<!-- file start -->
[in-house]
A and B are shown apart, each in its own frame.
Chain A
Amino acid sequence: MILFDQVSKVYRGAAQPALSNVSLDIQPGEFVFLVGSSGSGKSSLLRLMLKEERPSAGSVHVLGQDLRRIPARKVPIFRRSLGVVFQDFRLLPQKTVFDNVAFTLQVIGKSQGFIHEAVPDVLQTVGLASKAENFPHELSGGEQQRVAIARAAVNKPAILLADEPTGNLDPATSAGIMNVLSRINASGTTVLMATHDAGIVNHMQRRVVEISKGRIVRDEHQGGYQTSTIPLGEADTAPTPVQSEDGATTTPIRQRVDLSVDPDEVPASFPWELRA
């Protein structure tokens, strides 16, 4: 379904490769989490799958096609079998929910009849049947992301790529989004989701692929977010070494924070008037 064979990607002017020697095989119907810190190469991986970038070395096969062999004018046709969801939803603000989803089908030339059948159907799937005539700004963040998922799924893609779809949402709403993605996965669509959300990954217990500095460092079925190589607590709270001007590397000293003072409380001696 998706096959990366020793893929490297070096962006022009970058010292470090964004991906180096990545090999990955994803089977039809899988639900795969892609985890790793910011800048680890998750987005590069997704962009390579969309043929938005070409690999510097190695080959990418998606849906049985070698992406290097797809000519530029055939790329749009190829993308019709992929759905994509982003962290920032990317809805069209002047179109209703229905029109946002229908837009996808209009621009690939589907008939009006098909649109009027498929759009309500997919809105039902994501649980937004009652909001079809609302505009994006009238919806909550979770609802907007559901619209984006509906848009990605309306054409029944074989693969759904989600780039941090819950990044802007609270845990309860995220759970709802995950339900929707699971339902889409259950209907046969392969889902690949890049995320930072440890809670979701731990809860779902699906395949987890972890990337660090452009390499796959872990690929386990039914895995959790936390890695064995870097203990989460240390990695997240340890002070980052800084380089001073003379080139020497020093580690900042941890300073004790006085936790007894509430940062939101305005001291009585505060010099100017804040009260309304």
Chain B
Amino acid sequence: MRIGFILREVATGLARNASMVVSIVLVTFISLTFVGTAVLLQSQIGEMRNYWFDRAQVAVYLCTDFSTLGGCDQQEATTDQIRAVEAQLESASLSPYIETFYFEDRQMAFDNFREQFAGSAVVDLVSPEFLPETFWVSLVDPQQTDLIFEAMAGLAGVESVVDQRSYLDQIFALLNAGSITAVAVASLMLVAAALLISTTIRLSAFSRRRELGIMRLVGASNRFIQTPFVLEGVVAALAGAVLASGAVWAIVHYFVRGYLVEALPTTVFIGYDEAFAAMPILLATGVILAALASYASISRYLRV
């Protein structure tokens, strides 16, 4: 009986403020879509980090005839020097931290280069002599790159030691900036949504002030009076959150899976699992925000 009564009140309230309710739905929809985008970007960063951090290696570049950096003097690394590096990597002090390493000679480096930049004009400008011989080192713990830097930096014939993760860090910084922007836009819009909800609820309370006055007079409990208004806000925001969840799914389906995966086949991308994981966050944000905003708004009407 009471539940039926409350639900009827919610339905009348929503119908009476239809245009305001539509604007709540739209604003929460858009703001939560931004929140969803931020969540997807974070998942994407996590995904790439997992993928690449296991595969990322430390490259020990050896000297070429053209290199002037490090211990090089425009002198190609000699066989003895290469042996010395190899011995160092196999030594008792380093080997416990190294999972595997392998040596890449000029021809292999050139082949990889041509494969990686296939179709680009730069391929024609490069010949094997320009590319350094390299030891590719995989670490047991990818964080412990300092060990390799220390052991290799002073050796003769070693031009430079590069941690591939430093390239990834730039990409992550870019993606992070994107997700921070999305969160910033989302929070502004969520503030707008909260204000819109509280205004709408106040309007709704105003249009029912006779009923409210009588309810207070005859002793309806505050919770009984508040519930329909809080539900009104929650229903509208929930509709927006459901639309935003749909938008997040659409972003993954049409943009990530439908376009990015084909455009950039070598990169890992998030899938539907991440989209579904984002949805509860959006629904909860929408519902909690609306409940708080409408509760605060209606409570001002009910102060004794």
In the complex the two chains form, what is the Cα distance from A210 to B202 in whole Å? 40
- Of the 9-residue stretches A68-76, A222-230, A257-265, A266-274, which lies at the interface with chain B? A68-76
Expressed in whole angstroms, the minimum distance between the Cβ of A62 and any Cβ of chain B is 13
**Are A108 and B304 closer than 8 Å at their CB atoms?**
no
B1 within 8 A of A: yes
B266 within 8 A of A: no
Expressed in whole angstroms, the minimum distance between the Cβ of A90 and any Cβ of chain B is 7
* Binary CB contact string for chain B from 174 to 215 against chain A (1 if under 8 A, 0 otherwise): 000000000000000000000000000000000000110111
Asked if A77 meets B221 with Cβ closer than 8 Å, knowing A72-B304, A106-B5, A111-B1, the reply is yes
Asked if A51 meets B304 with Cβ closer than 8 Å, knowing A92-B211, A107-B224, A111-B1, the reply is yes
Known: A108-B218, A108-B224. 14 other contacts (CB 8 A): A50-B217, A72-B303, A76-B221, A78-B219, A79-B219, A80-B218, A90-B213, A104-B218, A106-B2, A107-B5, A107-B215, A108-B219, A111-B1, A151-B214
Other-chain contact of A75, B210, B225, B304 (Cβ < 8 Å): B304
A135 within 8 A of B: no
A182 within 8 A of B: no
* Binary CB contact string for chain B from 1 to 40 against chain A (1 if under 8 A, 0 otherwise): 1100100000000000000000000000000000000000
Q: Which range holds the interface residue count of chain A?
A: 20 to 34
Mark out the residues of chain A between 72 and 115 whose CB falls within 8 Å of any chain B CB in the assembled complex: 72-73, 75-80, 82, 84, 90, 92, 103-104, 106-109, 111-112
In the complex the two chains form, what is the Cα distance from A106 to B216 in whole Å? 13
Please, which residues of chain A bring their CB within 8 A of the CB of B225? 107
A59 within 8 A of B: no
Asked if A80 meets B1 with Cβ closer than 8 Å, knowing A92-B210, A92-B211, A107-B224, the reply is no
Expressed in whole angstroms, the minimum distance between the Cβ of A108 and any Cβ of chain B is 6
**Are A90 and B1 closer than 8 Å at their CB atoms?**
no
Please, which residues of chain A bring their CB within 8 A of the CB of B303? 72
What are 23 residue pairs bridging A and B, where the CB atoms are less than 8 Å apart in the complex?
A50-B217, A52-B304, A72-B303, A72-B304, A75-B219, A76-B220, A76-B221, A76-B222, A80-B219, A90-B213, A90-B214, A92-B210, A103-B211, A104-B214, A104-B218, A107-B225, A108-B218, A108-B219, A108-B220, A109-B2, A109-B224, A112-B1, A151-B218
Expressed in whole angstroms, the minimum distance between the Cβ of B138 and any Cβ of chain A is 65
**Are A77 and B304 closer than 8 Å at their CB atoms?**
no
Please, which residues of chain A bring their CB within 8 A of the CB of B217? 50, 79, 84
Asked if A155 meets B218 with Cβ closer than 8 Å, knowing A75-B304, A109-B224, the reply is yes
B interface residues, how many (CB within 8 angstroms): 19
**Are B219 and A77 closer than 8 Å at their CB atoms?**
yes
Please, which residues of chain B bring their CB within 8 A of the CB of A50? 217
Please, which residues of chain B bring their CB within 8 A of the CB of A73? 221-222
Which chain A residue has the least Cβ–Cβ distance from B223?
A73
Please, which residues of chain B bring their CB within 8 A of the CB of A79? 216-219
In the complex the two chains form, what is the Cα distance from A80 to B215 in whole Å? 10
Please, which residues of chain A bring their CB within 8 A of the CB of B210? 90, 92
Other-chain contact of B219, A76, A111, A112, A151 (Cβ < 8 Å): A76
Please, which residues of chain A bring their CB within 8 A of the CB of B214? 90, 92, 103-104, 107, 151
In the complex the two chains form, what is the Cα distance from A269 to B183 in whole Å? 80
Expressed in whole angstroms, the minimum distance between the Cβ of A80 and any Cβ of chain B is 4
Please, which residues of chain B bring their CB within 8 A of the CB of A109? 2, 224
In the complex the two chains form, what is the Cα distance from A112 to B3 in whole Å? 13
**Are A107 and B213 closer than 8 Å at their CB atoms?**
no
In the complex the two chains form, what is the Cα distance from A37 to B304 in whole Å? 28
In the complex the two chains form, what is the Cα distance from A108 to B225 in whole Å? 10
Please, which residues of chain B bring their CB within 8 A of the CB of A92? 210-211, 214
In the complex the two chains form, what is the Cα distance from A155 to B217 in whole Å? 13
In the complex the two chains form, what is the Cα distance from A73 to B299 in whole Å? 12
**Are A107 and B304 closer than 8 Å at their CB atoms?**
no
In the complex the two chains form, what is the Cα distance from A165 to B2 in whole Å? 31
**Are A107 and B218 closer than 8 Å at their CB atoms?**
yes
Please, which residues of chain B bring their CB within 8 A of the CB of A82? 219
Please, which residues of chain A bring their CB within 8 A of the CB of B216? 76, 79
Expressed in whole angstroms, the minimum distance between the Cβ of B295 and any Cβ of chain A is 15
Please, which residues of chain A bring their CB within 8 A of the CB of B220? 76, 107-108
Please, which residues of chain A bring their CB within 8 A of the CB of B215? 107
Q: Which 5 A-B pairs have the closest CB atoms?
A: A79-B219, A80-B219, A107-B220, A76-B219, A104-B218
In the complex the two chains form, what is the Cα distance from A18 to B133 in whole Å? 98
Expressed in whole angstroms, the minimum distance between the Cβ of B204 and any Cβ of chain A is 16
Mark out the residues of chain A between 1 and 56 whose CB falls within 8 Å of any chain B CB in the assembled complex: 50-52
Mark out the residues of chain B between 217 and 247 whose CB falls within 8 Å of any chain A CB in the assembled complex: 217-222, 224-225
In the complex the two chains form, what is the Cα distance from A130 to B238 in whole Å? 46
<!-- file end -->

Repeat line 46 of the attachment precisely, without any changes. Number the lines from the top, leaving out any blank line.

Please, which residues of chain B bring their CB within 8 A of the CB of A50? 217